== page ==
Also, Shah Jahan followed the Deccan policy of his father and grandfather. In fact, his policy towards the Deccan was more vigorous and powerful. This was so because Shah Jahan was the first Mughal Emperor who had detailed knowledge of the Deccan and had established himself as a great general.
Shah Jahan was also fortunate because this time, the Nizam Shani Kingdom of Ahmadnagar had greatly disintegrated which provides him an opportunity to attack the same besides there were other factors or objectives towards his Deccan Policy:
- Shah Jahan was guided by his personal ambition and he wanted to extend Mughal frontiers beyond Khandesh.
- Malik Amber of Ahmadnagar had granted asylum to the rebel Khan Jahan Lodhi and this arose his ambition to conquer the province.
- Shah Jahan was an orthodox Sunni Muslim and did not like the Shia of the Deccan Sultan and he also suspected the relation of the Deccan state with the Shia rulers of Persia, who were the hereditary rivals of the Mughals.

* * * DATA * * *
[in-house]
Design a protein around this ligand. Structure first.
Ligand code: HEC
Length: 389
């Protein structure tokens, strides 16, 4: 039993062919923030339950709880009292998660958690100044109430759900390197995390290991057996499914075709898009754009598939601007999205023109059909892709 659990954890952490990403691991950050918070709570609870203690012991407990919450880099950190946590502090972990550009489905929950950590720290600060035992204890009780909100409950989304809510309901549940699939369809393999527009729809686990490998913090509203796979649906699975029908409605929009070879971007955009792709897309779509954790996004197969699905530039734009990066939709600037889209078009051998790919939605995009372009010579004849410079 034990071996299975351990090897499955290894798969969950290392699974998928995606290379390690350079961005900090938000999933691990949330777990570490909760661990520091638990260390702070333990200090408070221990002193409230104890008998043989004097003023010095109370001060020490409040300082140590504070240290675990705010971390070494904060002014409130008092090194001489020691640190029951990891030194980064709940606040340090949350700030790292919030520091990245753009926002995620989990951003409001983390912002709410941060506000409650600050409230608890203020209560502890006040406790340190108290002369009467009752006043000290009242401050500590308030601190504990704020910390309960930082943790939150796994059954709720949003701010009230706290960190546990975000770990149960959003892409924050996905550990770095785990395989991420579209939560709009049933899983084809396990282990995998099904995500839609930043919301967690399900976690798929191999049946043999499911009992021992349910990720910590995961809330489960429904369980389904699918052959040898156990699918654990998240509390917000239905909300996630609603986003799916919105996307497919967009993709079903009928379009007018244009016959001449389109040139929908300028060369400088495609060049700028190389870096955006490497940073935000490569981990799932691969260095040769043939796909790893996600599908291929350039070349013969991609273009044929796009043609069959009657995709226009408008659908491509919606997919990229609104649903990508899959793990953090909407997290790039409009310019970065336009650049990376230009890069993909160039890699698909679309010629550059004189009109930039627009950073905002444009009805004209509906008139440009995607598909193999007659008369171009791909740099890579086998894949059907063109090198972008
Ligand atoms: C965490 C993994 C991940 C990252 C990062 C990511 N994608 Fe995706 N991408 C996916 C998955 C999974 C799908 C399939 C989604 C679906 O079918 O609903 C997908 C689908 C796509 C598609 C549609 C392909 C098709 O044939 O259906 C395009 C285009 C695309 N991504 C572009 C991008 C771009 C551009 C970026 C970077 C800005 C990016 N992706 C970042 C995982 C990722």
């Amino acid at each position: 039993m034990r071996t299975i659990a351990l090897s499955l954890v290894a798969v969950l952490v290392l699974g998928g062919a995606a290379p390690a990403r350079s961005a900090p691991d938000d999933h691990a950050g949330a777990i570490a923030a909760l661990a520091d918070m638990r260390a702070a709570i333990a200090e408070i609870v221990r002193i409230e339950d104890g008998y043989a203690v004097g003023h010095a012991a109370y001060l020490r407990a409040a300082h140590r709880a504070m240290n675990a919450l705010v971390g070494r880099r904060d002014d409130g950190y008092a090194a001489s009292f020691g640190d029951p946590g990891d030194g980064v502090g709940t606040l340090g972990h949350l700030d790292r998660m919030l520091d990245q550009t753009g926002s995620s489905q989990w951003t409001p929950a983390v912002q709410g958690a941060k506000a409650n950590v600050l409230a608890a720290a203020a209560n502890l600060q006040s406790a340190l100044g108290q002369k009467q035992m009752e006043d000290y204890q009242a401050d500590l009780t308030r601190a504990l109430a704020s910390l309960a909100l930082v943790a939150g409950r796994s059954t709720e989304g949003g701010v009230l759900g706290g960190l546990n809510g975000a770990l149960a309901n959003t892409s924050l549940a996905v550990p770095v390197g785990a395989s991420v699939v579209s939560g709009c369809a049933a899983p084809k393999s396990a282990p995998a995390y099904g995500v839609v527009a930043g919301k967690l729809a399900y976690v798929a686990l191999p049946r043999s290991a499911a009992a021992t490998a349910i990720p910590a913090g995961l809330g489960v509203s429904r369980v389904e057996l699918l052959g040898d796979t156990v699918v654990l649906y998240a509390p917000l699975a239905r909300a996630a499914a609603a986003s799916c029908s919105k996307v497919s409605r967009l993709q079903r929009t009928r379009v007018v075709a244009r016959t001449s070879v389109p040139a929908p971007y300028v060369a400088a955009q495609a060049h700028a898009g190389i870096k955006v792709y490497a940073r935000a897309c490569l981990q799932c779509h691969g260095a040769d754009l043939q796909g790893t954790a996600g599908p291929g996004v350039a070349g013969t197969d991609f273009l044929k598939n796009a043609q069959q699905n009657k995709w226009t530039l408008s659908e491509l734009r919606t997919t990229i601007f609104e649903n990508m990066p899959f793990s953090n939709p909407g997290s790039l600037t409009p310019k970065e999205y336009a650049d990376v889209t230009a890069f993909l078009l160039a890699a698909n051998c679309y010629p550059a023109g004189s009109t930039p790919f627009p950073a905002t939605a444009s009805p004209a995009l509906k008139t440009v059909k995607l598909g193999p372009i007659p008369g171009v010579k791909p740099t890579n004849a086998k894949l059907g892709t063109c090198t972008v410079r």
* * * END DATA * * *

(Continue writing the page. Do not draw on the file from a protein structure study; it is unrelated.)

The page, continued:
- Besides, he could not tolerate the existence of independent political Sultanates in the South. Therefore he persuaded a vigorous policy in the South.
Shah Jahan War Against Ahmadnagar
Among the three states in the Deccan, the Kingdom of Ahmadnagar lies in close proximity with the Mughal frontier. Therefore it was the first state in the Deccan which had to deal with the Mughals. Shah Jahan had nourished a grievance against Ahmadnagar because it has extended help to Khan Jahan Lodhi in his revolt against the Mughals. On the other hand, in Ahmadnagar, after the death of Malik Amber in 1626 C.E, the disintegration of the state became inevitable. Fateh Khan, the son of Malik Amber then became the minister of the sultan of Ahmadnagar. But the differences arose between the two and it provided the Mughals an opportunity to attack. On the other hand, Fateh Khan reached an understanding with Shah Jahan and he captured the Sultan.
Initially, the Sultan was put in prison but ultimately Fateh Khan got him murdered. He then placed his ten-year-old son Hussain Shah to the throne and he himself became the virtual rulers of the state. Fateh Khan then tried to open up negotiations simultaneously with Bijapur, Golconda, and the Mughals. On the other hand, Shah Jahan could not trust Fateh Khan and therefore he ordered his forces.